A UC San Diego-led research team has put the hot gene-editing technology CRISPR/Cas9 to a novel use, finding more than 120 new leads for cancer drugs.
With the gene editing technology, large numbers of genes can be tested simultaneously for their effect on cancer, said John Paul Shen, one of the study’s lead authors.
CRISPR has made the once cumbersome process of gene editing, faster and more precise, leading to comparisons with the impact of the word processor. But in this study, Shen and colleagues turned CRISPR on its head to selectively introduce disabling errors.
In this study, researchers looked for gene pairs that exhibit “synthetic lethality.” This is when inactivating both genes kills the cells, but if one gene in the pair is active, the cells survive. So cancers driven by a synthetic lethal mutation can be killed by inactivating the other gene in the pair, leaving normal cells unharmed.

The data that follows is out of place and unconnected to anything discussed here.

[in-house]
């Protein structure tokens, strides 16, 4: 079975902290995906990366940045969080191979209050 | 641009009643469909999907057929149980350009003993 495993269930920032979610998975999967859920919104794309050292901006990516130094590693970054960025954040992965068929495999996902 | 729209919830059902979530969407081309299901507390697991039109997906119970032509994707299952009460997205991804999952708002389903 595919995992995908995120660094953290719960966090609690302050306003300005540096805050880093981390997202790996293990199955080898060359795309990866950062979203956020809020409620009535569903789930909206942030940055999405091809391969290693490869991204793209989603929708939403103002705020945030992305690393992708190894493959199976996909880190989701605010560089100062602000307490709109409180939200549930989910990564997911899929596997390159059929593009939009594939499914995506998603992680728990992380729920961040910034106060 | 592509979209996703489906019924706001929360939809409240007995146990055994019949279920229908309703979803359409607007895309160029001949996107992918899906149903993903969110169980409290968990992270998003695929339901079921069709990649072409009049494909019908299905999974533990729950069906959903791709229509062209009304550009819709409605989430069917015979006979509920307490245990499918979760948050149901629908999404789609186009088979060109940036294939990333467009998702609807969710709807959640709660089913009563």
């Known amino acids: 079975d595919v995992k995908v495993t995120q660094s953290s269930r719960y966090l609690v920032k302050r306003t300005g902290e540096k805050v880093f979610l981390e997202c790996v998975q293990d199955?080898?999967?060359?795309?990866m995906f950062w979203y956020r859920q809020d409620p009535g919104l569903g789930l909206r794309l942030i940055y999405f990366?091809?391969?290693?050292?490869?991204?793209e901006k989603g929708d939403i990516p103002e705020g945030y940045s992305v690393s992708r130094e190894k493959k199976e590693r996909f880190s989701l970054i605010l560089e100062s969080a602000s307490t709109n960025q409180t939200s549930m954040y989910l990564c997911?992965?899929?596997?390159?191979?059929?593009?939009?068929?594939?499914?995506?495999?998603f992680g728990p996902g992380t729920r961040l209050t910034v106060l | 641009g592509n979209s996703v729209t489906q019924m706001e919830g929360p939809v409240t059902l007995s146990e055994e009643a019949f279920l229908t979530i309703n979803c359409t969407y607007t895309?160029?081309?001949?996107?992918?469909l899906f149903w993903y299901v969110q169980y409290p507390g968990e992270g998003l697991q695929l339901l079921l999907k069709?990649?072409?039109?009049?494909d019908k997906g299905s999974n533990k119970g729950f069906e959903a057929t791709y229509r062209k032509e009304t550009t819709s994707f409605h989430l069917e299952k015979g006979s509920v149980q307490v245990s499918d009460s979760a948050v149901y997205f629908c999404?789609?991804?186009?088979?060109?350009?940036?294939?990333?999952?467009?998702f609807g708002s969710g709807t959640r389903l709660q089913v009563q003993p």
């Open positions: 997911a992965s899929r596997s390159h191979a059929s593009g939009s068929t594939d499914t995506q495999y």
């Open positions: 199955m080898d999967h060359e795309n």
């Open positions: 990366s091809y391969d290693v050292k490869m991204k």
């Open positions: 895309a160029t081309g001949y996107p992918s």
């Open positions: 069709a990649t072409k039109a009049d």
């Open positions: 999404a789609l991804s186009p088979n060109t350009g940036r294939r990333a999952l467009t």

Some existing drugs work this way, such as the ovarian cancer drug olaparib, Shen said. Sold under the brand name Lynparza, the drug was approved for in December 2014 for cancers with disabling mutations in the BRCA1 or BRCA2 genes.[Read the full study here.]
The GLP aggregated and excerpted this blog/article to reflect the diversity of news, opinion, and analysis. Read full, original post: Gene editing used to find cancer’s genetic weak spots
For more background on the Genetic Literacy Project, read GLP on Wikipedia.